Conservative afternoon radio personality Rocky D is gone from WQSC-AM 1340 after nearly three years at the station.
“I don’t know why they made this move; it had to do with money,” the gravelly voiced host, whose real name is Rocky Disabato, told The Post and Courier on Monday.
Operations manager Ted Byrne said the slot is being filled by Todd Schnitt, who has a syndicated conservative-themed program that will air in the 3-6 p.m. time slot.
Byrne said there was nothing in Rocky D’s performance that led to his being dropped.
“We decided to make a change and go in a different direction,” Byrne said, adding, “Rocky did a great job and was a solid professional.”
Disabato had been a bombastic fixture on local airwaves, going back 10 years prior to joining WQSC when he was at WTMA-AM 1250 in Charleston.
Known for espousing conservative stances, he would sometimes discuss South Carolina history on the air in the vein of being supportive of the Confederacy’s point of view.
“I don’t back off that,” he said, adding he’s never been shy about addressing issues that others might find “taboo.”
“I don’t back off the history of South Carolina,” he said.
Disabato said he is exploring other options, including starting his own studio.
“I’ll end up somewhere; who knows?” he said.
The end of locally produced radio programing is becoming more of the norm, as the cheaper economics of syndication has taken over many segments of the industry. WQSC and its news talk format was listed at the bottom of a recent Nielsen ratings report done in mid-January that ranked the popularity of 19 Charleston-area stations that broadcast a variety of formats, including urban, rock, country, news talk and sports.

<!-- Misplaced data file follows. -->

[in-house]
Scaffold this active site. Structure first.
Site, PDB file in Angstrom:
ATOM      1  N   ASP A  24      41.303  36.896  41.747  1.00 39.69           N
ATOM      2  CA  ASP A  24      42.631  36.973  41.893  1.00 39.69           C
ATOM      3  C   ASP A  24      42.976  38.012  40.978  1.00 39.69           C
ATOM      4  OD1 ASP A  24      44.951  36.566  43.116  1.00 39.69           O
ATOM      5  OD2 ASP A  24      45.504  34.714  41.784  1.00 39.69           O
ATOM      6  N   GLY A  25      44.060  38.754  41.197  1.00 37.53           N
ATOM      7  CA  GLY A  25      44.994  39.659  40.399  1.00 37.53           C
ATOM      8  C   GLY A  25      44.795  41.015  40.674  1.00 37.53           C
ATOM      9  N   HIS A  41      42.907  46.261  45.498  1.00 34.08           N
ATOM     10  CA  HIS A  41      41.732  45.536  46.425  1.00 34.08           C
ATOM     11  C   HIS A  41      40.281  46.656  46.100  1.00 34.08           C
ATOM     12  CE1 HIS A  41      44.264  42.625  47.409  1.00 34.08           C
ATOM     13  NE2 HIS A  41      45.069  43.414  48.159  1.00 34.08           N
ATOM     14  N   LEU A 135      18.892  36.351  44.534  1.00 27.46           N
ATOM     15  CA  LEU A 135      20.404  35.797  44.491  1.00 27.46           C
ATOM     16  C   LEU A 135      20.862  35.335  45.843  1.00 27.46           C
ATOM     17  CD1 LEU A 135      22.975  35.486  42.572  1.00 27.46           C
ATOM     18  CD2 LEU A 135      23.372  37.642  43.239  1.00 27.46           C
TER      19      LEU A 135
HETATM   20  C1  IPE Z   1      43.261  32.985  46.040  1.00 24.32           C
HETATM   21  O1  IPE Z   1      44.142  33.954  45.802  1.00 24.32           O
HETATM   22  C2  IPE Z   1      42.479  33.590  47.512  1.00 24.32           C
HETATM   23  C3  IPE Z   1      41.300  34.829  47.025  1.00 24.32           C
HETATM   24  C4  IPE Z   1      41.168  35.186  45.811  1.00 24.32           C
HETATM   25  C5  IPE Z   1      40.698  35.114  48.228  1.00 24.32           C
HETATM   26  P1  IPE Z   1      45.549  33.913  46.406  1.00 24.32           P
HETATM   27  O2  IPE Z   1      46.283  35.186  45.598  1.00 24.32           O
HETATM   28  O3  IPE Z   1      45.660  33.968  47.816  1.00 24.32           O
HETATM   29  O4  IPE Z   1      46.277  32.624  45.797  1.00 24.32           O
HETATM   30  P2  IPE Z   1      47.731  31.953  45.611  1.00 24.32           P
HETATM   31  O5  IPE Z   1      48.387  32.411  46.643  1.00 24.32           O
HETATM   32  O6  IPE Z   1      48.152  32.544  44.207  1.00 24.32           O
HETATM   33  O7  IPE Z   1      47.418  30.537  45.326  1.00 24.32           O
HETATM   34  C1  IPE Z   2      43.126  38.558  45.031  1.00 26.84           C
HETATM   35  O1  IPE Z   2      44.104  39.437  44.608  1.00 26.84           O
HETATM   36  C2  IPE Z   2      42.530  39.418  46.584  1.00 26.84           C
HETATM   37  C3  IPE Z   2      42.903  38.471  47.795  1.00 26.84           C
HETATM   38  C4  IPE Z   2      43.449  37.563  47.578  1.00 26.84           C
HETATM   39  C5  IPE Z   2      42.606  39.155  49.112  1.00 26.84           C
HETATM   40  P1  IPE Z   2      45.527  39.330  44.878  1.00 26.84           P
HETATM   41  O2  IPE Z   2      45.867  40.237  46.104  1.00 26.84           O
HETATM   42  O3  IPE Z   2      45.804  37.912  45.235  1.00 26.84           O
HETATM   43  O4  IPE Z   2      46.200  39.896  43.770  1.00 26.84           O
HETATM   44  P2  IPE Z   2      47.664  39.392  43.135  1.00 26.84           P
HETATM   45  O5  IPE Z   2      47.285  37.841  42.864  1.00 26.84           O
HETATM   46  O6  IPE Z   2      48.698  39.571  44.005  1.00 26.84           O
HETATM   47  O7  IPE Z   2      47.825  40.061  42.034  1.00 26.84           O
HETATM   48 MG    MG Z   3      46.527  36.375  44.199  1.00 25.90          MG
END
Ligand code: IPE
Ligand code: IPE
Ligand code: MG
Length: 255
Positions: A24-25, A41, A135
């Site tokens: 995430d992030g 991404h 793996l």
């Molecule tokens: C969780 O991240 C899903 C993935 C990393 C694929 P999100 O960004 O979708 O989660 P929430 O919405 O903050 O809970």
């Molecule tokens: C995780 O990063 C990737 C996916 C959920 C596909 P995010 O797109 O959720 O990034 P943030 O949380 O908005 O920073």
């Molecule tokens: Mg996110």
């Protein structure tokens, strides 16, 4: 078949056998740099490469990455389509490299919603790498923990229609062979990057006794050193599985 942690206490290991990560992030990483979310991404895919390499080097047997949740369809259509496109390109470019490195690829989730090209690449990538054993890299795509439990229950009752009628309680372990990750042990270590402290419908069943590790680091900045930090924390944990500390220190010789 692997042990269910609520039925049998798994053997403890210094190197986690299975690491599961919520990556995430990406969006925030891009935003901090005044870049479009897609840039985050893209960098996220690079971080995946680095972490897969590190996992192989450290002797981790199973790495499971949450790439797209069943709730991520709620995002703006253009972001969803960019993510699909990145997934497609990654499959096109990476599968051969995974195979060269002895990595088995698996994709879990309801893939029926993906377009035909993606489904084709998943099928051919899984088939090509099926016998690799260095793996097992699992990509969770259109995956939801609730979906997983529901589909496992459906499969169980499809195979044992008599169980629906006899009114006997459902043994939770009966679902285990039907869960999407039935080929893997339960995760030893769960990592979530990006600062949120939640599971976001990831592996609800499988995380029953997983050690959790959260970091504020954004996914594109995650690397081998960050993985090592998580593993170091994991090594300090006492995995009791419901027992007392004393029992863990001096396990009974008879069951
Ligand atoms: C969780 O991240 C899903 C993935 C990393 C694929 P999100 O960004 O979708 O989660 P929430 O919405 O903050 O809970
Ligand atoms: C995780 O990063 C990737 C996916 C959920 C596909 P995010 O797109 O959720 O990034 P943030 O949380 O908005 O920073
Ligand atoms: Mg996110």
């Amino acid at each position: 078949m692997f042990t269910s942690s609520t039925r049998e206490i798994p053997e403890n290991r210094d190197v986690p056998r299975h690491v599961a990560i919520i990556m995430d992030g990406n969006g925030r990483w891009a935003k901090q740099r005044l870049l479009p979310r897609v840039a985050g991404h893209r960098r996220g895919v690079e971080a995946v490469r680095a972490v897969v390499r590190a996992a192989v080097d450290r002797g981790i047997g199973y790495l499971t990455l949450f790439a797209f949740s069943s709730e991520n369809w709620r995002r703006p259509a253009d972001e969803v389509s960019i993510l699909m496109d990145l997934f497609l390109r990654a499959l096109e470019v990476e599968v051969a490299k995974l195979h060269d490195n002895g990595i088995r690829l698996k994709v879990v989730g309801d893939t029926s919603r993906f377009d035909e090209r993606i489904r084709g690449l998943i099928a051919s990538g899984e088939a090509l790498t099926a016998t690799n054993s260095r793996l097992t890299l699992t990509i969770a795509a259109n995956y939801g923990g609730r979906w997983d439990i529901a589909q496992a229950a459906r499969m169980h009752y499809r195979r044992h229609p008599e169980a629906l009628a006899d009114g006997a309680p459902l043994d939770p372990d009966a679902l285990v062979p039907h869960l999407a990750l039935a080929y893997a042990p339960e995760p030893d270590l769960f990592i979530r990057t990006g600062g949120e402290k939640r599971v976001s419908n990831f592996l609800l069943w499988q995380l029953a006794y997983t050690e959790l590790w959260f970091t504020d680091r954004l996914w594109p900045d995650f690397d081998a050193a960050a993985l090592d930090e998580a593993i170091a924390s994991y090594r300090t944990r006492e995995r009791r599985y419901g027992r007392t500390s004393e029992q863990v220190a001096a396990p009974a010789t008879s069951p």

College of Charleston communication professor Doug Ferguson wasn’t familiar with the Rocky D show but said the broadcast industry has been on a years-long move toward replacing local with national programming. If the show had been profitable, there likely would be less of a question about making a switch, Ferguson said.
Ferguson doubted the loss would greatly affect news dispersal in Charleston since print, TV and other media will still be around.
“It’s one spigot being turned off,” he said.
Tampa Bay media reported that Schnitt had been a part of the crowded Tampa Bay market for more than 20 years but recently relocated to New York to be a part of Len Berman and Todd Schnitt in the Morning, on 710 WOR, New York’s oldest radio station. The afternoon Schnitt Show will keep its staff in Florida while Schnitt would record his part from a separate studio, the Tampa Bay Times said.
Reach Schuyler Kropf at 937-5551.